Students across Illinois will be able to take up to five excused mental health days starting in January.
Under a bill signed into law by Gov. J.B. Pritzker last month, students who decide to take a mental health day will not be required to provide their school with a doctor's note and will be able to make up any work that was missed on their day off.
"Having this now for all students across the state will be really beneficial, especially with what's going on with COVID," State Rep. Barbara Hernandez, who co-sponsored the bill, told the Journal-Courier. "Many students feel stressed, and have developed anxiety and depression because they're not able to see teachers and friends, and may have lower grades due to remote learning."
The pandemic has placed unique strains on children, and as a new school year begins, child psychiatrists say they expect to see a surge of kids who need help.
According to the Centers for Disease Control and Prevention, between March and May of last year, hospitals across the country saw a 24% increase in the number of mental health emergency visits by kids aged 5 to 11 years old, and a 31% increase for kids 12 to 17.
"The younger school-age kids are more anxious about separation from their parents and caregivers," child and adolescent psychiatrist Dr. Ujjwal Ramtekkar at Nationwide Children's Hospital in Ohio, told NPR. "They're worried about getting sick," or their parents getting sick.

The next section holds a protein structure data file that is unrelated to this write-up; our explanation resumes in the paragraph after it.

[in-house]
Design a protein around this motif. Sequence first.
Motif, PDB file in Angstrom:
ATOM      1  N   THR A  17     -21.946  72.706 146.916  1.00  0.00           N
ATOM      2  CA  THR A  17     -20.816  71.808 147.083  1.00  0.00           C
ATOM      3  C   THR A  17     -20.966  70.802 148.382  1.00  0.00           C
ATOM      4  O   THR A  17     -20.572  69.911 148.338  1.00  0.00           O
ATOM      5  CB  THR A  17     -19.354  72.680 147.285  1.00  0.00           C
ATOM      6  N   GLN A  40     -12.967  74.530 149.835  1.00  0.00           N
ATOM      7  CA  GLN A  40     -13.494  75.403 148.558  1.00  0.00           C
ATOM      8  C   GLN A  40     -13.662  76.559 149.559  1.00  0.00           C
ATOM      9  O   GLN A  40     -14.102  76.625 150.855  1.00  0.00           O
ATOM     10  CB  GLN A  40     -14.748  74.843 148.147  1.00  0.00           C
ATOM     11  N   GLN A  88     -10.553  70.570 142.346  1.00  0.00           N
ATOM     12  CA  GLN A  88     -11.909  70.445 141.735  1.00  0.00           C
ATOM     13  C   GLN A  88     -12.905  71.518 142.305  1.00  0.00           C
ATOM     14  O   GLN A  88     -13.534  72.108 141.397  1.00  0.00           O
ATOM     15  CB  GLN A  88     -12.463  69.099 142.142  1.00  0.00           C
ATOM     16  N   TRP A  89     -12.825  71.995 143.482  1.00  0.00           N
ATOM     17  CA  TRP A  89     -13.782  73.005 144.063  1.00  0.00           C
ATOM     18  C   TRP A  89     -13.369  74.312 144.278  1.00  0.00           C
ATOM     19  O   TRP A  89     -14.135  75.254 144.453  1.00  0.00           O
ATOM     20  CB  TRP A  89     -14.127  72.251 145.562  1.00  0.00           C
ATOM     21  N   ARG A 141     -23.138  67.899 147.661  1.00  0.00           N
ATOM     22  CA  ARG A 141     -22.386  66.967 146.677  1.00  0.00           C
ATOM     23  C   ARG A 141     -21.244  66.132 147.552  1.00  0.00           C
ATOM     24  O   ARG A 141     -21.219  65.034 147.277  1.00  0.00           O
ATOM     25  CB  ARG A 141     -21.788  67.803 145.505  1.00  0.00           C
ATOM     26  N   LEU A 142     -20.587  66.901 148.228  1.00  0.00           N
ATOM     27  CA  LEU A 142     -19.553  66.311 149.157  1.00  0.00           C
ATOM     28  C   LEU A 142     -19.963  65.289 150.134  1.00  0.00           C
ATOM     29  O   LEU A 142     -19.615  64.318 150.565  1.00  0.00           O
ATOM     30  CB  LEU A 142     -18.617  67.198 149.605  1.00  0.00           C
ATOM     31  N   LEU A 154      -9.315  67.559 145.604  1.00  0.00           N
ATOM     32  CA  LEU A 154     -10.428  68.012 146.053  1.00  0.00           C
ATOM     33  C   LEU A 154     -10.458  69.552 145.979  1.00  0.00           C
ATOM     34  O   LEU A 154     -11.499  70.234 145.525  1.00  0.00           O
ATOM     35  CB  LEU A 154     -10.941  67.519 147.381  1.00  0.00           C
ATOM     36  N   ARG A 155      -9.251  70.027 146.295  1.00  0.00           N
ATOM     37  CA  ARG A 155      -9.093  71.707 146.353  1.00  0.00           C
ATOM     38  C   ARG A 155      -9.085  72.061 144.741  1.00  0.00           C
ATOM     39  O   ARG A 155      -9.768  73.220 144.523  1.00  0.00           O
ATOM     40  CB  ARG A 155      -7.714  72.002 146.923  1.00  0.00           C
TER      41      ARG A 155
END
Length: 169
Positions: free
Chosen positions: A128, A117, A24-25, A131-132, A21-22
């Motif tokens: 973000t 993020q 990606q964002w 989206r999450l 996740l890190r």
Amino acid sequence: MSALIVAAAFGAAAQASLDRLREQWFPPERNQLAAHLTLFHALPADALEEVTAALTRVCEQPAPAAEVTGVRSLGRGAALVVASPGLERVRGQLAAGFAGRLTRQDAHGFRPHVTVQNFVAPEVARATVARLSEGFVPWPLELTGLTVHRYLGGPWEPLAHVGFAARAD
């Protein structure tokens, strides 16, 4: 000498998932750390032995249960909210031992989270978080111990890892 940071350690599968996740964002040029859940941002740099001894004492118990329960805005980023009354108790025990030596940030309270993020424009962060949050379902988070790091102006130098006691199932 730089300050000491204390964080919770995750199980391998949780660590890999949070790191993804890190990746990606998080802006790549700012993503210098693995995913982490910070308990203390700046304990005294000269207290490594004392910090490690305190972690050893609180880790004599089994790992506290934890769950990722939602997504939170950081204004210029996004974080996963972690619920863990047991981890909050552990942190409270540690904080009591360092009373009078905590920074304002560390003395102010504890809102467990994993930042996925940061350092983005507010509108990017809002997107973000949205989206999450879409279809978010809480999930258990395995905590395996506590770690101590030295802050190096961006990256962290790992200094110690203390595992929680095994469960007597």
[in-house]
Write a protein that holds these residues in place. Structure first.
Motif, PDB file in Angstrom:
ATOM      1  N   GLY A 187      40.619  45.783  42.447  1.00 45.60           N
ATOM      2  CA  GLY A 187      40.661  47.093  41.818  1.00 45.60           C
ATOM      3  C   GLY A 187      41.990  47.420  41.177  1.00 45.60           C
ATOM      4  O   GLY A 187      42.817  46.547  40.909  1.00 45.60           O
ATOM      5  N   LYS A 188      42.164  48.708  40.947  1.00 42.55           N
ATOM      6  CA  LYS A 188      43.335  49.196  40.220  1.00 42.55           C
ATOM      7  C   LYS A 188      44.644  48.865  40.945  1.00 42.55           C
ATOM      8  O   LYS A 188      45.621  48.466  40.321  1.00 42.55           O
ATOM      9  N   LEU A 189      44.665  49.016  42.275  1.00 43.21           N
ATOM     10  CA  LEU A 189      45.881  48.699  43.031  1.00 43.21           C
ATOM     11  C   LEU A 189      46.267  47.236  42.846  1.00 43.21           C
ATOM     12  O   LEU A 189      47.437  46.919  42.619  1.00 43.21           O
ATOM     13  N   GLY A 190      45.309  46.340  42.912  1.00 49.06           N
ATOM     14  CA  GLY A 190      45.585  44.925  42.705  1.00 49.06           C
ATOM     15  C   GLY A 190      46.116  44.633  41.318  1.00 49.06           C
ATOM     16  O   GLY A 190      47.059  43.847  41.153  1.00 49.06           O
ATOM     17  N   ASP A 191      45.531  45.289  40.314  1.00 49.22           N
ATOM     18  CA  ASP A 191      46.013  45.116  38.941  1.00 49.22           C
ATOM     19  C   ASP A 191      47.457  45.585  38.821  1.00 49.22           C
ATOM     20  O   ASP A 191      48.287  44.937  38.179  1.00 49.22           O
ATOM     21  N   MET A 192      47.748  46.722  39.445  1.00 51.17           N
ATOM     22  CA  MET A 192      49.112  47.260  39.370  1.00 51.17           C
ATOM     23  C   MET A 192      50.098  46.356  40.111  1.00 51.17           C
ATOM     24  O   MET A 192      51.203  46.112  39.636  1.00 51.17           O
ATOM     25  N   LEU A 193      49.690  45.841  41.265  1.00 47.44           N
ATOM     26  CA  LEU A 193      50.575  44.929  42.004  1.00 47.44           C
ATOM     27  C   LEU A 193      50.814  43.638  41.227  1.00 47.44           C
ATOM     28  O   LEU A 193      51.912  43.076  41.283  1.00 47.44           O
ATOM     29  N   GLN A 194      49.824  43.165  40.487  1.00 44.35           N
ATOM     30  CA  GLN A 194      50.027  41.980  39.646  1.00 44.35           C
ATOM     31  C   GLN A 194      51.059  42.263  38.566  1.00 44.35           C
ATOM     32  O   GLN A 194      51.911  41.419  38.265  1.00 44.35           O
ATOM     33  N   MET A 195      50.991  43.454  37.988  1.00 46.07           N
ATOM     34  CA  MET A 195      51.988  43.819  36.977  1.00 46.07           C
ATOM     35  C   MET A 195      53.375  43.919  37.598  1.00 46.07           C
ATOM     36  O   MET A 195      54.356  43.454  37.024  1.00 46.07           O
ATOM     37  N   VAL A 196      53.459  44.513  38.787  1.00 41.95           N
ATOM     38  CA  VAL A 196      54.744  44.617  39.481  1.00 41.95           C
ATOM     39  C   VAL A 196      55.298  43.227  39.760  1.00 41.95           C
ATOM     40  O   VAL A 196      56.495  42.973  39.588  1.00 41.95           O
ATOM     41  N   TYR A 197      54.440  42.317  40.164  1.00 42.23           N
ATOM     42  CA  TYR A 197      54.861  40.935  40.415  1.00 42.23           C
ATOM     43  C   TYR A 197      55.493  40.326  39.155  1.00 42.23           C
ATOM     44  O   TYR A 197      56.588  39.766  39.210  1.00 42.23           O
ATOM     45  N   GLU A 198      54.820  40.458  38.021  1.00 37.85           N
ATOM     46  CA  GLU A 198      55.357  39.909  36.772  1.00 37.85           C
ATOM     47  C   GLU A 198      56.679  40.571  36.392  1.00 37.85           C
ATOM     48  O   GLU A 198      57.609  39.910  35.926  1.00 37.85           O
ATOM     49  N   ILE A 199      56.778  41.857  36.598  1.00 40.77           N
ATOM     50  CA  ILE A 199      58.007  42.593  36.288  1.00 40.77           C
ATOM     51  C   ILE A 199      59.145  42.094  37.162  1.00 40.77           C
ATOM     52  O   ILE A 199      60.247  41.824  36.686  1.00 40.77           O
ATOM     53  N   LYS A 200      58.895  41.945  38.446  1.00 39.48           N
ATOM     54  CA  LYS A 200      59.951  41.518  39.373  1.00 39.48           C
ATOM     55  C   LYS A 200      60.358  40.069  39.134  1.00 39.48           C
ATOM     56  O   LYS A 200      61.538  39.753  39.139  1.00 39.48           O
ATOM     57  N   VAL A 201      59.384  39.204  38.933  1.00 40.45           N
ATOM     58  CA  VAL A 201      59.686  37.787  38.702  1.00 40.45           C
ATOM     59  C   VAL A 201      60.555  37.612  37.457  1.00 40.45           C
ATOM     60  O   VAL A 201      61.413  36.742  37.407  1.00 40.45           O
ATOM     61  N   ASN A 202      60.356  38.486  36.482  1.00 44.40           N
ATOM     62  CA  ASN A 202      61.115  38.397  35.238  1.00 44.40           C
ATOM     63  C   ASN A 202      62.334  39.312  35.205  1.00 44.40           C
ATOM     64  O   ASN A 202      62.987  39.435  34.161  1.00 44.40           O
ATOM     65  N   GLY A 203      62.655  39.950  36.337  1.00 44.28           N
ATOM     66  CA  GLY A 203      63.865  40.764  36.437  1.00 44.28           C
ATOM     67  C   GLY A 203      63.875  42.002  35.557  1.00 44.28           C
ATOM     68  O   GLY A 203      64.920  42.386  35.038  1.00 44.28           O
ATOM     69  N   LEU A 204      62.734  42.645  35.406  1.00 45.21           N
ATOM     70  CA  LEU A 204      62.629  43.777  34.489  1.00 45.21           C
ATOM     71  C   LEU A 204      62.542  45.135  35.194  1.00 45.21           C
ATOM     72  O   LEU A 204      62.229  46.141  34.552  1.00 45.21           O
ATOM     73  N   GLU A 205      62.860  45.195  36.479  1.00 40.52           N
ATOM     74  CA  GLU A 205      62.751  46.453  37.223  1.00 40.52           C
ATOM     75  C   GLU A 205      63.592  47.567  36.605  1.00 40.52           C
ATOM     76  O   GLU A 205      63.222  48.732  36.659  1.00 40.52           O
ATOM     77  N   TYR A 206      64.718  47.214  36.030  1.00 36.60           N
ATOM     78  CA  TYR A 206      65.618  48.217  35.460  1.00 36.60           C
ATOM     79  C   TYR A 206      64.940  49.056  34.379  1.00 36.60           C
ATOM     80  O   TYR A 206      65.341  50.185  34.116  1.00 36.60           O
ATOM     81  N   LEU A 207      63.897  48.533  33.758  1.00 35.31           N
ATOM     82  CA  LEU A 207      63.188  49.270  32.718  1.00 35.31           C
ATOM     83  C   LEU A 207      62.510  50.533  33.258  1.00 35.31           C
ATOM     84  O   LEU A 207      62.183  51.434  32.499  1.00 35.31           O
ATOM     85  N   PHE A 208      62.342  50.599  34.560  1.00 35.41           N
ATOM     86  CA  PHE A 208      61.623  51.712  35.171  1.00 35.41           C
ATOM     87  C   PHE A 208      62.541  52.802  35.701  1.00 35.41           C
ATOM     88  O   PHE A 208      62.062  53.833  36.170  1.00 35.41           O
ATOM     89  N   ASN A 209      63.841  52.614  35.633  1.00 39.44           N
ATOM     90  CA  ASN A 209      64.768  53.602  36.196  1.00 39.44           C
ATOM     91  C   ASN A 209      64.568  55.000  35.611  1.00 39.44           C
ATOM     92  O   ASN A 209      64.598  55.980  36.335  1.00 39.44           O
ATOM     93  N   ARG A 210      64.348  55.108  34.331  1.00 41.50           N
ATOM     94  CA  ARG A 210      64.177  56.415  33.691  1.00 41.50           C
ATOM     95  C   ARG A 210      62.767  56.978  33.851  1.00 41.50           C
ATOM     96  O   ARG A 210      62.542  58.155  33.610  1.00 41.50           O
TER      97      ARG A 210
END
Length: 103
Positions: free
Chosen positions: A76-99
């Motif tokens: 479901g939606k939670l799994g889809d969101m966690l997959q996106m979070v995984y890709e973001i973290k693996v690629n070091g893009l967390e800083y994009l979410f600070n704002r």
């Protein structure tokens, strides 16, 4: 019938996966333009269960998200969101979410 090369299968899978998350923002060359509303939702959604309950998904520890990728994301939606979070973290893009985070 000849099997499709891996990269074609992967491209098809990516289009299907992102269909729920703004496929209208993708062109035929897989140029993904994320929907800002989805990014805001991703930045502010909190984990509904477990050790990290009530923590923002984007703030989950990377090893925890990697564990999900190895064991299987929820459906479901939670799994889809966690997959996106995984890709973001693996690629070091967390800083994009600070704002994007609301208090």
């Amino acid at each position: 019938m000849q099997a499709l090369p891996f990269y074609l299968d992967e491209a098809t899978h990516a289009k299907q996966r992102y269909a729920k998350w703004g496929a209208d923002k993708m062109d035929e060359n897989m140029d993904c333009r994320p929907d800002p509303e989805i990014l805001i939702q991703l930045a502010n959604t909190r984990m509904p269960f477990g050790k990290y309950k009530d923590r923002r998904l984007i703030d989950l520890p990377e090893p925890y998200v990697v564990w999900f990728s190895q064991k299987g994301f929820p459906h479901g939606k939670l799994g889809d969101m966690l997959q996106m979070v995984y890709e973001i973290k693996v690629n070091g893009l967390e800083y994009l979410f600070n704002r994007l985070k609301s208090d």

For teens, the challenges can be somewhat different, according to Ramtekkar. Most teenagers are struggling with social and academic anxiety, he said, as most are worried about socializing with their peers again and adapting to full-time in-person learning.
With the new law in Illinois, Hernandez says students will have more of an opportunity to get the care they need.
"I am really excited for this. I think it will help students, parents and teachers, and can help them understand what's going on in their students' lives," Hernandez said.
Once a student requests a second mental health day, a school counselor will reach out to their family and the student may be referred to get professional help, according to the bill.
Hernandez says that after students take their second mental health day, they should understand that a conversation with an adult is needed about whatever it is they're going through.
"Many students are going through a lot mentally and emotionally and they need support," Hernandez said.
School districts across Illinois will have until the end of the year to come up with a specific plan to execute the new law ahead of its effective date in January.
Illinois joins states such as Arizona, Colorado, Connecticut, Illinois, Maine, Nevada, Oregon and Virginia that have passed similar bills over the last two years allowing students to be absent from school due to mental or behavioral health reasons, according to The New York Times.
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